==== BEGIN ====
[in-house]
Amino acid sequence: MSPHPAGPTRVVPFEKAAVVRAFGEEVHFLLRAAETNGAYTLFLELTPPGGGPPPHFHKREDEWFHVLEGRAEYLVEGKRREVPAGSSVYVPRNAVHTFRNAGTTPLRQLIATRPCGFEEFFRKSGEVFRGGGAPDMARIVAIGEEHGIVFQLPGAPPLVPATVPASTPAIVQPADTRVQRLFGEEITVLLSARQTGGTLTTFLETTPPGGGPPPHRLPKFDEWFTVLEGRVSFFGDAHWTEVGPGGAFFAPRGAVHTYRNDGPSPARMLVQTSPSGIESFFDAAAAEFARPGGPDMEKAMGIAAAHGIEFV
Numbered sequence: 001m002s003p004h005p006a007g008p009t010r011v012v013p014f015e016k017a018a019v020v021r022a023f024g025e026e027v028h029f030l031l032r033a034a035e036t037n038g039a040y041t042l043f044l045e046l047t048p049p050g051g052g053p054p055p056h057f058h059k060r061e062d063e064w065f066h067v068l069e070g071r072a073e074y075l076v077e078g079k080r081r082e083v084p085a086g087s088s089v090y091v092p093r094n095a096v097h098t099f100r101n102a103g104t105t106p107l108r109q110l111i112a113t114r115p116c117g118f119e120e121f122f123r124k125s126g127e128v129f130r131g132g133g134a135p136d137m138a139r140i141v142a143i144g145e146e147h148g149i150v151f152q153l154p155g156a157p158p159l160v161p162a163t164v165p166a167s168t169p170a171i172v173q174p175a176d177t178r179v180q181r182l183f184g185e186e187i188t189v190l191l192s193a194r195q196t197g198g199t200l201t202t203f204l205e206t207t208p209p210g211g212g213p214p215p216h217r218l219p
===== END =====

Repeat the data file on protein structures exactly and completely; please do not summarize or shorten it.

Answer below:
[in-house]
Amino acid sequence: MSPHPAGPTRVVPFEKAAVVRAFGEEVHFLLRAAETNGAYTLFLELTPPGGGPPPHFHKREDEWFHVLEGRAEYLVEGKRREVPAGSSVYVPRNAVHTFRNAGTTPLRQLIATRPCGFEEFFRKSGEVFRGGGAPDMARIVAIGEEHGIVFQLPGAPPLVPATVPASTPAIVQPADTRVQRLFGEEITVLLSARQTGGTLTTFLETTPPGGGPPPHRLPKFDEWFTVLEGRVSFFGDAHWTEVGPGGAFFAPRGAVHTYRNDGPSPARMLVQTSPSGIESFFDAAAAEFARPGGPDMEKAMGIAAAHGIEFV
Numbered sequence: 001m002s003p004h005p006a007g008p009t010r011v012v013p014f015e016k017a018a019v020v021r022a023f024g025e026e027v028h029f030l031l032r033a034a035e036t037n038g039a040y041t042l043f044l045e046l047t048p049p050g051g052g053p054p055p056h057f058h059k060r061e062d063e064w065f066h067v068l069e070g071r072a073e074y075l076v077e078g079k080r081r082e083v084p085a086g087s088s089v090y091v092p093r094n095a096v097h098t099f100r101n102a103g104t105t106p107l108r109q110l111i112a113t114r115p116c117g118f119e120e121f122f123r124k125s126g127e128v129f130r131g132g133g134a135p136d137m138a139r140i141v142a143i144g145e146e147h148g149i150v151f152q153l154p155g156a157p158p159l160v161p162a163t164v165p166a167s168t169p170a171i172v173q174p175a176d177t178r179v180q181r182l183f184g185e186e187i188t189v190l191l192s193a194r195q196t197g198g199t200l201t202t203f204l205e206t207t208p209p210g211g212g213p214p215p216h217r218l219p